Are You Secretly Planning for Divorce in Greenville, South Carolina?

There are many reasons that you might be secretly planning to get divorced in Greenville, South Carolina. By secretly, we mean that you have not told your spouse yet, and you do not intend to until you are ready to go, or perhaps until after you go. It may be that you are in danger or that you wish to ease out of the situation without further drama. You might be concerned for your children, your pets, or for the malicious or violent nature of your spouse. You may simply worry that mentioning it will quickly lead to homelessness when you are not prepared to stand on your own two feet alone just yet. Whatever the reason, if you have decided that it is in your best interests to plan your divorce in secret until you are able and ready to walk away from the relationship, then we have some advice for how you can be prepared for the moment that you reveal your plans. Having said that, if you are in immediate danger of domestic violence, there are resources to help you get out of that situation safely.

Setting Up a Secret Post Office Box for Private Mail Correspondence

One of the first things you need to do in preparing to separate from your spouse, especially if you are preparing in secret, is to set up a secret post office box to receive private mail. Get the post office box in your name only and keep the key in a safe place. This can help you to avoid questions about the various correspondences you may receive while planning for divorce.

Start Saving Money for the Upcoming Living Expenses and Legal Expenses

One of the most common concerns for people who want to prepare for divorce in secret is that they will not have the money to take care of themselves and their legal fees. In some cases, the spouse who wants to get divorced does not have a job. In other cases, they do have a job, but do not have control over their finances. It is important to start saving money ahead of time. Even if you are only able to tuck away a few dollars at a time, the sooner you start saving, the better off you’ll be. Even a small amount of money saved will add up over time. If your spouse is controlling with the finances, then you may find it more difficult to do this, but it is usually possible to slowly build your savings. If you have family or friends who are willing to help you financially, then this may be one route to consider. You may also be able to apply for a personal loan. You can open up a new savings account and checking account that is in your name only and use your post office box to receive documents related to those accounts.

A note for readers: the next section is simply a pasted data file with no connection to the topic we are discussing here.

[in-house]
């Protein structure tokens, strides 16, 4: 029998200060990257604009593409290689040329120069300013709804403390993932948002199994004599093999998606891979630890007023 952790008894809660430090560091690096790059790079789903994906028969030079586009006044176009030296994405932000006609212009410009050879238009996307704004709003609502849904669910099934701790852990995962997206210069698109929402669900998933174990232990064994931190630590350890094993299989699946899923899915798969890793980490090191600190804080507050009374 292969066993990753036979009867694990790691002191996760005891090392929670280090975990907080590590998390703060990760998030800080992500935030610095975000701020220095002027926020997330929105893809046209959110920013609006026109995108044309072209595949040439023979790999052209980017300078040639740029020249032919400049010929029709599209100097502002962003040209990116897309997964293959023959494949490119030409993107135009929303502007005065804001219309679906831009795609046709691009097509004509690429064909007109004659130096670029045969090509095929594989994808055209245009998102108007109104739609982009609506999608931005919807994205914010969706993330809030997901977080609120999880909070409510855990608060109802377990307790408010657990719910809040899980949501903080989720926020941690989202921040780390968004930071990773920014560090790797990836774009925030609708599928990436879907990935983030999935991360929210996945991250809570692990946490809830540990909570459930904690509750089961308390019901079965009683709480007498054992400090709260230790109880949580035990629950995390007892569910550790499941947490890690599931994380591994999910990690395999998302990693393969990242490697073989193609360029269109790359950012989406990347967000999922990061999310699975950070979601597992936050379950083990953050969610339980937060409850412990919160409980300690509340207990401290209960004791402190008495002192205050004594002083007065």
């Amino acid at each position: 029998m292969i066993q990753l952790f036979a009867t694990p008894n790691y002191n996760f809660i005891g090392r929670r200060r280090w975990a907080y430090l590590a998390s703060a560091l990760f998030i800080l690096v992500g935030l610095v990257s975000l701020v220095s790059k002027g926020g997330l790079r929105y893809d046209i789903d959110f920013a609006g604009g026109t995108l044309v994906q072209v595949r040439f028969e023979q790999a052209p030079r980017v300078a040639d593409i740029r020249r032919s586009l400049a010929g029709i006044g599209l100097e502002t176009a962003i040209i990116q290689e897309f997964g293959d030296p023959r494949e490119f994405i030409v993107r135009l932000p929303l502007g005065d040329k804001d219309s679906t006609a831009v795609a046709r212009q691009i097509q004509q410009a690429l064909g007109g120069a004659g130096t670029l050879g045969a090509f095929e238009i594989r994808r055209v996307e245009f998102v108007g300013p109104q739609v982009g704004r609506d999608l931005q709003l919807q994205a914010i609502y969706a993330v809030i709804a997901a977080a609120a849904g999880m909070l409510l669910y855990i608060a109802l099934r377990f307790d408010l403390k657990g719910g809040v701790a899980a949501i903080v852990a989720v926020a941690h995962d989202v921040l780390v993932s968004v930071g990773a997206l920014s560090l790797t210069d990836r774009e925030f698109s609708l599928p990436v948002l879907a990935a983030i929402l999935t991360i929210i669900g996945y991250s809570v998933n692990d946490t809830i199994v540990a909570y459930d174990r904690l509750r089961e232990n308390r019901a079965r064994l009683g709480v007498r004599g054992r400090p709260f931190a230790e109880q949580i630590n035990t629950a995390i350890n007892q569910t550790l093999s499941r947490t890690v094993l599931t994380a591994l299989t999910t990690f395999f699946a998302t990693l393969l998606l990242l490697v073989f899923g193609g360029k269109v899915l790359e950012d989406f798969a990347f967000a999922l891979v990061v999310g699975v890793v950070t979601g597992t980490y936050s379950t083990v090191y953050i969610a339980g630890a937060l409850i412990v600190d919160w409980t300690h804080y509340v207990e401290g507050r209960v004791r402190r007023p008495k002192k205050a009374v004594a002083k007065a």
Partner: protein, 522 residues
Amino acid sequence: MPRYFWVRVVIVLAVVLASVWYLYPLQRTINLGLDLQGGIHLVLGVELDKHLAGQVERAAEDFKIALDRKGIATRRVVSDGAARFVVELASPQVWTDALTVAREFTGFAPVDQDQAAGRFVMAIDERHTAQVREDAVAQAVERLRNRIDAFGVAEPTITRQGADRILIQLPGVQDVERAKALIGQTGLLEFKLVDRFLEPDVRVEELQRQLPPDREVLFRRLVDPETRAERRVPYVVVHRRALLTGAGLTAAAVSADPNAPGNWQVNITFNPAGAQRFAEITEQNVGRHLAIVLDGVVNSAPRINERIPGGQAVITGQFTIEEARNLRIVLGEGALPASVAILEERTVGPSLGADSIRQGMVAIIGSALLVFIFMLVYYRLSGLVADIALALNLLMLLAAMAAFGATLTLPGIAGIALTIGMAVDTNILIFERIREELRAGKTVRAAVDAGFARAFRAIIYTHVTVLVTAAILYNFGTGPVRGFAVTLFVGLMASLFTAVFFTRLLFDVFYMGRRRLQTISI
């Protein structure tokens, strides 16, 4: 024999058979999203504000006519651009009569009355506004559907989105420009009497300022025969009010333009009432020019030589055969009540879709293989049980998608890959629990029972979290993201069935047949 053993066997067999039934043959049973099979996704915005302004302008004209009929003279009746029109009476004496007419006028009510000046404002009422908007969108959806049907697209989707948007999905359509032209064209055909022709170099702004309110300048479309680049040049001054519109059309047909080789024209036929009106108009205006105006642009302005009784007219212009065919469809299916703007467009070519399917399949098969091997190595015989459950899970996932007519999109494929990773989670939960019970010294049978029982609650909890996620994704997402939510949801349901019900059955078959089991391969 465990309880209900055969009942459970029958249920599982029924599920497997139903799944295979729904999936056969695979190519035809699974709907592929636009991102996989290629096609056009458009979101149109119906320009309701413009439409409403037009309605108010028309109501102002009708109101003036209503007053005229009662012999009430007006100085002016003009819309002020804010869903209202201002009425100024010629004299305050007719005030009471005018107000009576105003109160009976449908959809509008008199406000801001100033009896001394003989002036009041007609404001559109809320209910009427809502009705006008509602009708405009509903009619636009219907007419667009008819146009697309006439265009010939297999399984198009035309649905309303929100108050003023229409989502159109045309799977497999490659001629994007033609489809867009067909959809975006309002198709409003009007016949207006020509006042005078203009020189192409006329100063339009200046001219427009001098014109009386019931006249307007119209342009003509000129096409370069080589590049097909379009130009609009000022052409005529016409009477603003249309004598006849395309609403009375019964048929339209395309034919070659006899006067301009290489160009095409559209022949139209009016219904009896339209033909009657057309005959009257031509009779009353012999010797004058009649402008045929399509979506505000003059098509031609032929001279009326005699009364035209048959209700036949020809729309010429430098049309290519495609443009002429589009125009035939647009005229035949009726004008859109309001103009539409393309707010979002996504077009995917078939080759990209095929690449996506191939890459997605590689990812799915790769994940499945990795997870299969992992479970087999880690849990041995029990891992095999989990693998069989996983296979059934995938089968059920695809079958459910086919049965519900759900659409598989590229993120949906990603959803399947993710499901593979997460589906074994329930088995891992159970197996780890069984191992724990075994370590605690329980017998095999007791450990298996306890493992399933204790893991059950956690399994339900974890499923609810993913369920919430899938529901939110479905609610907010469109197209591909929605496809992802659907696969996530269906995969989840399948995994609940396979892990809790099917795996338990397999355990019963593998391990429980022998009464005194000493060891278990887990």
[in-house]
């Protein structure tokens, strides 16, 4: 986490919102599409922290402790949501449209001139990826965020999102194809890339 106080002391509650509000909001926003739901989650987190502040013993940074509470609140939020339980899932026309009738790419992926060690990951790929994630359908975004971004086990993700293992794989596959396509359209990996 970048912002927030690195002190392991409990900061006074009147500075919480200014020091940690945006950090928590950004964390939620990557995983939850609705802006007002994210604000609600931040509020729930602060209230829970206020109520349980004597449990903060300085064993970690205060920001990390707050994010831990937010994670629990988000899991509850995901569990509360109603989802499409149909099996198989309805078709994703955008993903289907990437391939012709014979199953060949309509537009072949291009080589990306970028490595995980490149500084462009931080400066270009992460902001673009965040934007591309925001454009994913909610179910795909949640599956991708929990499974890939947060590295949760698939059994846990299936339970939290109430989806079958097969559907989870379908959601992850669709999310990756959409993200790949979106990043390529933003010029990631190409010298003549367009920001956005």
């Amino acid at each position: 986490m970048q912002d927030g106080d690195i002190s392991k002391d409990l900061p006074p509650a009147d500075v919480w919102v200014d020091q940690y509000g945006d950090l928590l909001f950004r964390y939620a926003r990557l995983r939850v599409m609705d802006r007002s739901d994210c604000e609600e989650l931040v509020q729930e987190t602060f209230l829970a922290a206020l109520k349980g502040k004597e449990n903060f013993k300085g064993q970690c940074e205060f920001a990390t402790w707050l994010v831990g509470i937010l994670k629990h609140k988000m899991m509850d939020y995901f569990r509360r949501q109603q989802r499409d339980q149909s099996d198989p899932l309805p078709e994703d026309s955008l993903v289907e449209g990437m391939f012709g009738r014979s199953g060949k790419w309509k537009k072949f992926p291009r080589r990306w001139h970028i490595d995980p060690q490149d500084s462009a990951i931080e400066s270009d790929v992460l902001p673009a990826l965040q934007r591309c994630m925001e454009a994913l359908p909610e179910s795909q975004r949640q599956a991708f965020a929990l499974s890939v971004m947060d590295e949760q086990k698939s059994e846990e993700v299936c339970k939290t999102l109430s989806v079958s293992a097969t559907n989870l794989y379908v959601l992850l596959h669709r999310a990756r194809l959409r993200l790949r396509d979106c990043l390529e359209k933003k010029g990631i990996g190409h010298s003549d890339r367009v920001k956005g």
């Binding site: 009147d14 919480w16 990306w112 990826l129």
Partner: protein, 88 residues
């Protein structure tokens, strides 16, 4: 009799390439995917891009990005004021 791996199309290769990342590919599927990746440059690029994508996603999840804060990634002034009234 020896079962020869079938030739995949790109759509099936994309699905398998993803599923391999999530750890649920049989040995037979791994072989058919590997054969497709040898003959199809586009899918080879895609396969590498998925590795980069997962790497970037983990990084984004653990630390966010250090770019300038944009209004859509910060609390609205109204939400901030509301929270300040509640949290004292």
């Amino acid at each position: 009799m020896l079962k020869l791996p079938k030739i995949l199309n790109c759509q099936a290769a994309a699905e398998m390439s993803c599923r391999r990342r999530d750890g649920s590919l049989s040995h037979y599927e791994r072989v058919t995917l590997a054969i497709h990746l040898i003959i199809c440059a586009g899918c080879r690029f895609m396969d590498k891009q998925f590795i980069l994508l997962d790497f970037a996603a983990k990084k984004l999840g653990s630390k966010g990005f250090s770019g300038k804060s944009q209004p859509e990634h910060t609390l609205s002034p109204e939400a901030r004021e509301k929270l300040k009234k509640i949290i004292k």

Collect and Organize Your Financial Records and Other Relevant Documents

The next important thing to do is going to be to gather and organize all of your financial records and other relevant documents. You can store this information in a safe deposit box or with friends or family, as you will not want to leave these documents laying around for your spouse to discover and start asking questions. Make sure that you keep everything in a safe place. Among these documents, you will want statements from your joint bank accounts, your private bank accounts, your wills, your insurance policies, your medical directives, your mortgages, your car title, and any other relevant documents.

Once you’ve gathered these documents, you can start making the necessary changes. Many of the changes you make will have to be revisited when your divorce is final, but you can get started on making changes now. It is also important, while doing this, to be aware that many changes may result in a phone call to your spouse to request their signature or authorization. You may be able to circumvent this by contacting the companies in advance and requesting that they not make those calls or at least finding out if that is an option. If there is too much risk for any given situation, then you can postpone those particular changes. The reason we suggest that you start making changes in advance is that you don’t want your spouse whom you wish to separate from to remain as your beneficiary or as the person who will make your medical decisions in the event of a medical emergency.

Identify and List the Properties that are Marital Assets and Non-Marital Assets

Another thing to pay attention to as you prepare for divorce and start gathering your documents is which assets are jointly owned as marital property and which assets are yours alone. This will include some of the things in those documents, such as vehicle titles, mortgage documents, and other properties that have paperwork to establish ownership. It will also include properties in your home. It will include your furniture, your electronics, your jewelry, etc. It’s a good idea to take pictures of property that may ‘come up missing’ once you file for divorce or leave the home.

Make a complete list of the things that you own outside of the marriage and the things that are jointly owned. The property that you came into the marriage with is going to be mostly non-marital property. Any property that was given as a gift directly to you and not to both of you is also non-marital property. The same is true for inheritances that are yours alone. Any gifts that were given to you by your spouse are also yours alone. If you have any doubts about any particular property or asset, make a note of this to discuss it further with your attorney. Then, when you’re ready, contact the compassionate Greenville, South Carolina, divorce attorneys at Greenville Family Law to find out how we can help.

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